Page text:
Pro-European Union politician Milo Đjukanović was voted Montenegro’s president for the second time on April 15 after taking almost 54 per cent of the vote in a presidential election. Mladen Bojanić, a businessman backed by an alliance of parties – including some reportedly seeking closer ties with Russia – came in second with around 34 per cent. Turnout is believed to have been just under 60 per cent.
Milos Nikolic, a spokesman for the ruling Democratic Party of Socialists, said shortly after polling closed that: “Milo Đjukanović is the new president of Montenegro. This is a great victory, a historic victory.”
While the post of president is largely ceremonial in Montenegro, Mr Đjukanović’s election will be viewed as setting the tone for the country’s future. He has long backed further integration with the European Union and led the country’s efforts to join NATO, a milestone it achieved in 2017, much to the chagrin of the country’s traditional ally Russia. The European Commission’s latest Strategy Document for the Western Balkans gives Montenegro a target date of 2025 for full EU membership. Accession talks have been ongoing since 2012.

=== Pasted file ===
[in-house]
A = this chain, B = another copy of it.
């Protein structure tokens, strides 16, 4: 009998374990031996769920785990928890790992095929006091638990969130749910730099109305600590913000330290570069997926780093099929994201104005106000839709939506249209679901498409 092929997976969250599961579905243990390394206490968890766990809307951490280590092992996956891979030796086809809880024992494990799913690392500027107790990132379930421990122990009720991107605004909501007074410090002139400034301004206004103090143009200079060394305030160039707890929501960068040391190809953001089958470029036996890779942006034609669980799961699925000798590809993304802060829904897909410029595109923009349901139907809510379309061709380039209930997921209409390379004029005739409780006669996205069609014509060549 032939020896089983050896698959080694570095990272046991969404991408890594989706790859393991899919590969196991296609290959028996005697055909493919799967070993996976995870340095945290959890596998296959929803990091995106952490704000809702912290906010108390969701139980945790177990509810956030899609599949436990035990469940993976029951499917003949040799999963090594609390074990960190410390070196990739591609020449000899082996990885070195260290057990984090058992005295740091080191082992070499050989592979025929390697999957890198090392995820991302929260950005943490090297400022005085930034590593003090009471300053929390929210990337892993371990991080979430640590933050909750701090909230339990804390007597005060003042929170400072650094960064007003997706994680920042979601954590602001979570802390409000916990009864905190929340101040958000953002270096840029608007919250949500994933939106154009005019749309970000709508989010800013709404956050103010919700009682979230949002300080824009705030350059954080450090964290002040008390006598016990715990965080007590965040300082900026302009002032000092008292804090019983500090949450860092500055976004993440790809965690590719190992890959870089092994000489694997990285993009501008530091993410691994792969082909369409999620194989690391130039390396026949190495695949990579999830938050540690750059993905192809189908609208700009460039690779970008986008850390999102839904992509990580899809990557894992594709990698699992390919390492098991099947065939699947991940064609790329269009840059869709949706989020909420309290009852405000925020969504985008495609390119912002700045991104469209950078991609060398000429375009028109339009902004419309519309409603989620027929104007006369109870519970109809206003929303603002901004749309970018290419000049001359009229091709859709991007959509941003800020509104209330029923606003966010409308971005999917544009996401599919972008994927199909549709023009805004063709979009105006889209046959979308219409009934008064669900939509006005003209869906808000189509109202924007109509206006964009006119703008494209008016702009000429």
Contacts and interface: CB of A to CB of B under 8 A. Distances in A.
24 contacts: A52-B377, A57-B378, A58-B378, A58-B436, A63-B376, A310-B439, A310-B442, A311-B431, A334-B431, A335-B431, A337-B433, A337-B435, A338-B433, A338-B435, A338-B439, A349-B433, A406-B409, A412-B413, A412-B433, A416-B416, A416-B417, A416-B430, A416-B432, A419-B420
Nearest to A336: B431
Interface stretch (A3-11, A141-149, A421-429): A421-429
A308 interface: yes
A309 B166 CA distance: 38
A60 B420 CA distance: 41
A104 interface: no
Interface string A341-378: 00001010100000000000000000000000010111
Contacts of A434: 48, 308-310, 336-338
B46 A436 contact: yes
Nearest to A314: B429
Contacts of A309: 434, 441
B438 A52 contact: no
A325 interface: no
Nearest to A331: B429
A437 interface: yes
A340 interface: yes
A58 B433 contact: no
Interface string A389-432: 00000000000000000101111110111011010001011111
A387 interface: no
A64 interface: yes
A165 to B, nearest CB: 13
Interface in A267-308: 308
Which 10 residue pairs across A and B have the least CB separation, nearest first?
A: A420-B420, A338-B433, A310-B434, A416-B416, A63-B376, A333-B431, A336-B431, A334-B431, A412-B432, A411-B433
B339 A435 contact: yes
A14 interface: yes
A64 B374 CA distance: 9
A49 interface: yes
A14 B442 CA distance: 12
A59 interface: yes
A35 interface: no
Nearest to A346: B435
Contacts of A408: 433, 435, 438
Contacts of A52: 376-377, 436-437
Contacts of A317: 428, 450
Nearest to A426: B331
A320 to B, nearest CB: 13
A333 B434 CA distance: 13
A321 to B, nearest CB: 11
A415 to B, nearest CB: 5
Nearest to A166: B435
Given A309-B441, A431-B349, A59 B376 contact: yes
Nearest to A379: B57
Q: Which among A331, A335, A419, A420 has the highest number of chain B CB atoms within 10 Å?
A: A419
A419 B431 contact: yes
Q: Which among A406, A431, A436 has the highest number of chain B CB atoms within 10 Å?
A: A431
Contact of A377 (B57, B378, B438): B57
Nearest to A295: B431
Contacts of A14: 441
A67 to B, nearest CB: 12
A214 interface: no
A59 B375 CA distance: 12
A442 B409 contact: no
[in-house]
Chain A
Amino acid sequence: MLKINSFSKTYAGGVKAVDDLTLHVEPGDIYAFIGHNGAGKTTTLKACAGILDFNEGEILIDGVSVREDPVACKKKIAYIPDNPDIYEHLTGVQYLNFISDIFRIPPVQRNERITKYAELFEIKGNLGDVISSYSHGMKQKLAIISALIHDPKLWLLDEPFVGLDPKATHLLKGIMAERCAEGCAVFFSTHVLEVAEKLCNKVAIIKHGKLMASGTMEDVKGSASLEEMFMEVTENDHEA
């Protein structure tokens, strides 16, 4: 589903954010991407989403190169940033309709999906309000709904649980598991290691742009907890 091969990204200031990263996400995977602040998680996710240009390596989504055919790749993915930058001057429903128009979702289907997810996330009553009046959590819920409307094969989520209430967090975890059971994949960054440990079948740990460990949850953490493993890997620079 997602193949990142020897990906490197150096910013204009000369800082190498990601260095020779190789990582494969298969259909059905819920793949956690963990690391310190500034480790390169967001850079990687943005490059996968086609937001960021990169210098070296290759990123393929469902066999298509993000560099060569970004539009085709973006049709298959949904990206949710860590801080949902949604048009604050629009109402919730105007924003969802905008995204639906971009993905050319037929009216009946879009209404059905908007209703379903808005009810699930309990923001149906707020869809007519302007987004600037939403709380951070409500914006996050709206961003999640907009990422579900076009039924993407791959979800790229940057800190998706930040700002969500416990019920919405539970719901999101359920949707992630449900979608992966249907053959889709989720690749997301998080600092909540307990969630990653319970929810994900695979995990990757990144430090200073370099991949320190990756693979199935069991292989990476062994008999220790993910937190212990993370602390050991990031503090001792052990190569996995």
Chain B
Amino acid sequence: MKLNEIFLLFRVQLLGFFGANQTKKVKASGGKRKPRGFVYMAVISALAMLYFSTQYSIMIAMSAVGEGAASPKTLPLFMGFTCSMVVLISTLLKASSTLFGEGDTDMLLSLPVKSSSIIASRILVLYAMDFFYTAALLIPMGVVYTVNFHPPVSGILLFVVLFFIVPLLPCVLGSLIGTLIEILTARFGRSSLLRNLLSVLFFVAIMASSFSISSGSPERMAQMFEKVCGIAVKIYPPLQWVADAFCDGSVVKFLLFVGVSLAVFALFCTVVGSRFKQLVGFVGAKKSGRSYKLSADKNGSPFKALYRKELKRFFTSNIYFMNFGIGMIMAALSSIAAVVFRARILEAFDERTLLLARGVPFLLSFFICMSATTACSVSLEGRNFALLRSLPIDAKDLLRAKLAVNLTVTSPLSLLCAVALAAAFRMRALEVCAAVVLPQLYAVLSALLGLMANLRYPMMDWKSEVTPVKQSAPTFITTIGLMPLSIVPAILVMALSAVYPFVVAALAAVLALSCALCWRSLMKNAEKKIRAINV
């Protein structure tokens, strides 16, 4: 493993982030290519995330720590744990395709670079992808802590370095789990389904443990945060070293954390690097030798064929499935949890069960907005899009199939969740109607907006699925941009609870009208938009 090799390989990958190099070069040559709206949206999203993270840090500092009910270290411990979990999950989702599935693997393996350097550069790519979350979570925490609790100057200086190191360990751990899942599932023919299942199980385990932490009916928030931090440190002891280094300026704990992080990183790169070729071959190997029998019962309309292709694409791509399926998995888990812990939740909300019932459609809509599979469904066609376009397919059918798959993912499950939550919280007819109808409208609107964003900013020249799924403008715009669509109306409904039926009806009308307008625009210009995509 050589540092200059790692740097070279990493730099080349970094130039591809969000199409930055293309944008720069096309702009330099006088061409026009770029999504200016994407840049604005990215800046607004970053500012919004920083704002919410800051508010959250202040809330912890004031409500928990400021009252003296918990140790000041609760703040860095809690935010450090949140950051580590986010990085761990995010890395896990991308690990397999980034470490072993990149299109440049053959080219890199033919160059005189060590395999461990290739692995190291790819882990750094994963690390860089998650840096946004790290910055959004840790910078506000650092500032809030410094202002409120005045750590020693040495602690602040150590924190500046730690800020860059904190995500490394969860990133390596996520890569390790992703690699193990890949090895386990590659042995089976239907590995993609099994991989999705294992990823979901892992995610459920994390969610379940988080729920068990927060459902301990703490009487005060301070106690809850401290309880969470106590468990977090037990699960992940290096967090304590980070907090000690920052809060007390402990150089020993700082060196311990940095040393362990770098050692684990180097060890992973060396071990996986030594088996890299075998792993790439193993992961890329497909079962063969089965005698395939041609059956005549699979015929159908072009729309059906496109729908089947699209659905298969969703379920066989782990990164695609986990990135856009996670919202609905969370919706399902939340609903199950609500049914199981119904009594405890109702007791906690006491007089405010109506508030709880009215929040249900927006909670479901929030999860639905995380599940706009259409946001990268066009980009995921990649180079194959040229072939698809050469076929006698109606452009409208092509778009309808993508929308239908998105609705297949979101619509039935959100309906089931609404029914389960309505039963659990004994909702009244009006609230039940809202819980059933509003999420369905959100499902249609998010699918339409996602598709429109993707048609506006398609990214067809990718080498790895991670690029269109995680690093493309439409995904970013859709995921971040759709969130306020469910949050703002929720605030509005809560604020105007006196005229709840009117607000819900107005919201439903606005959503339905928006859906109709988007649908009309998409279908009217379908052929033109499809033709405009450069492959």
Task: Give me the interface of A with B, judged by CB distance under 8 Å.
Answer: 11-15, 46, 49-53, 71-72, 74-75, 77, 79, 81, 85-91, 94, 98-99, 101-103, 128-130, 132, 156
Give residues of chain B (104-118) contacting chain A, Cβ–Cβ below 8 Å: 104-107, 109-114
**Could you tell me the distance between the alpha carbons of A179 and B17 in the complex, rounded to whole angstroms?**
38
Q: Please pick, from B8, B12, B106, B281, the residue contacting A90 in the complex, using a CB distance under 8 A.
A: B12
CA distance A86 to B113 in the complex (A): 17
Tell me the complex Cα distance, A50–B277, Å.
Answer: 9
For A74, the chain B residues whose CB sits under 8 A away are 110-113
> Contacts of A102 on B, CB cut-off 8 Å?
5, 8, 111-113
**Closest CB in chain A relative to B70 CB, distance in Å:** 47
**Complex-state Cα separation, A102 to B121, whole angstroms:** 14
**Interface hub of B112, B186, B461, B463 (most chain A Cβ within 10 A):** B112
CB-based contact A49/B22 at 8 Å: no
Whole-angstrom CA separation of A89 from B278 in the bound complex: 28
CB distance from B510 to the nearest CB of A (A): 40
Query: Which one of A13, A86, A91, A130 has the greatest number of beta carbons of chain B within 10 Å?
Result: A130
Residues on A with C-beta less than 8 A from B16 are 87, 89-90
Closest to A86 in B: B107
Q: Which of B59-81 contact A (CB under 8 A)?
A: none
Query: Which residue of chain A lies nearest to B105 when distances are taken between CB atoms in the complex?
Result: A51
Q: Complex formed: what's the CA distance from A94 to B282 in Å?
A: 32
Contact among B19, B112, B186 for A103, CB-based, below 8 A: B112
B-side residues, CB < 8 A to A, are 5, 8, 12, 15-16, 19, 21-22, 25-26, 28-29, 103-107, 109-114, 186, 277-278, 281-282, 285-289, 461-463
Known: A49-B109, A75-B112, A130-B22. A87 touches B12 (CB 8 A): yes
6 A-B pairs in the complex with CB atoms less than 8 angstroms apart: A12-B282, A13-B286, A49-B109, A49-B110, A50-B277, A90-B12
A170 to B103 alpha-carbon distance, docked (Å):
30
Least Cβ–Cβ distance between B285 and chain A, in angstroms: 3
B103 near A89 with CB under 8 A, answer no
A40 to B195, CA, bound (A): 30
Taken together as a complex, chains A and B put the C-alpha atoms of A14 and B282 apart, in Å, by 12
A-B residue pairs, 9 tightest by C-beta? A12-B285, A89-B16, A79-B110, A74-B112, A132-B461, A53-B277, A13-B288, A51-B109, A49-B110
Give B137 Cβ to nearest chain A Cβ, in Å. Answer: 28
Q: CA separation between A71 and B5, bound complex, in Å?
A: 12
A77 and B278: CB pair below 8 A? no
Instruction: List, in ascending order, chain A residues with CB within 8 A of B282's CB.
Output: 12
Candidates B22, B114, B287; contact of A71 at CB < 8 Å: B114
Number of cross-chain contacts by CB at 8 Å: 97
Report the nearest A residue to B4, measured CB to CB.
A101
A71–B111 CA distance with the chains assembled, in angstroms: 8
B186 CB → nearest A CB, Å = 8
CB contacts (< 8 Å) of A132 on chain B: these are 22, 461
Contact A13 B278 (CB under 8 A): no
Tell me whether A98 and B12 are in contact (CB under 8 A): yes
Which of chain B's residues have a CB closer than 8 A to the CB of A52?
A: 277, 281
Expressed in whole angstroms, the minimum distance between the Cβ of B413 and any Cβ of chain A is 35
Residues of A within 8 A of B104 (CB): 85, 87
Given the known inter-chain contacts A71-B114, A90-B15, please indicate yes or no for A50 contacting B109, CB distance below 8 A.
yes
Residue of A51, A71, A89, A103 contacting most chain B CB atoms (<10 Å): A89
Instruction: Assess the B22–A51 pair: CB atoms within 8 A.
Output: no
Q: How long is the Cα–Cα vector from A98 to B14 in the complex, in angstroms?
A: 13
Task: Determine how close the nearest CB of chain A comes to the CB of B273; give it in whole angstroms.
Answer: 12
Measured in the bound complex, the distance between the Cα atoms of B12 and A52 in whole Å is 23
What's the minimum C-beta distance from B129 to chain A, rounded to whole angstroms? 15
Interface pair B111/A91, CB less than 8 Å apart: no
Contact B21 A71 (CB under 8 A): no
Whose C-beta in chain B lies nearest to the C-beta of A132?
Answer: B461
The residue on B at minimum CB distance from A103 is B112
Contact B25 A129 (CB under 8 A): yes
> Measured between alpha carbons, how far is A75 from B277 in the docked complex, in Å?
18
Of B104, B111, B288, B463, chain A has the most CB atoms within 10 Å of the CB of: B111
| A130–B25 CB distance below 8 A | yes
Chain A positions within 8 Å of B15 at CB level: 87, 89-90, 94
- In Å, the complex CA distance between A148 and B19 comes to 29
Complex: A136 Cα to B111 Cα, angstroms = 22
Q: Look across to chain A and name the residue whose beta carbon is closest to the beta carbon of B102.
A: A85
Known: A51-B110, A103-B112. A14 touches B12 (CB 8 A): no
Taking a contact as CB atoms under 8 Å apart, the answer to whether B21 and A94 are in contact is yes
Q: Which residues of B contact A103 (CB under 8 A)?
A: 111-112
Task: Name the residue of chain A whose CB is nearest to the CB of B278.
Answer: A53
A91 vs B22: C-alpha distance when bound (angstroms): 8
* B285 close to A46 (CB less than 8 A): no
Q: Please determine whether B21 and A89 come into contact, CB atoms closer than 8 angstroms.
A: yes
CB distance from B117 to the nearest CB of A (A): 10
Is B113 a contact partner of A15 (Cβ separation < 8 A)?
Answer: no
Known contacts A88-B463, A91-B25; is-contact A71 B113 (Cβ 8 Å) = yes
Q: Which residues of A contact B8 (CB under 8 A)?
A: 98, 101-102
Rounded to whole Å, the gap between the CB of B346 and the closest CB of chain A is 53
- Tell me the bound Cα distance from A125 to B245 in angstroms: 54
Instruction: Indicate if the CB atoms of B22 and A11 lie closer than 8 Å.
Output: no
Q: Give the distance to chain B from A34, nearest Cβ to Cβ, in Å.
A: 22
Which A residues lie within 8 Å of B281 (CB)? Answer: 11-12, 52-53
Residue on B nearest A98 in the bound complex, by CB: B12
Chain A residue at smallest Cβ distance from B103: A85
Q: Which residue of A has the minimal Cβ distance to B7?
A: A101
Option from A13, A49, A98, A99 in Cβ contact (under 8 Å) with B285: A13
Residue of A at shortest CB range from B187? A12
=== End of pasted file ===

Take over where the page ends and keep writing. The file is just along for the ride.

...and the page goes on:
Mr Đjukanović has dominated Montenegrin politics since the break-up of Yugoslavia in 1991. He first served as the country’s prime minister in three governments from 1991 to 1998, and as president from 1998 to 2002, then was prime minister again from 2003 to 2006, from 2008 to 2010, and from 2012 to 2016. Mr Đukanović is also the long-term president of the Democratic Party of Socialists, originally the Montenegrin branch of the Communist Party of Yugoslavia. The party has governed Montenegro since the introduction of multi-party politics.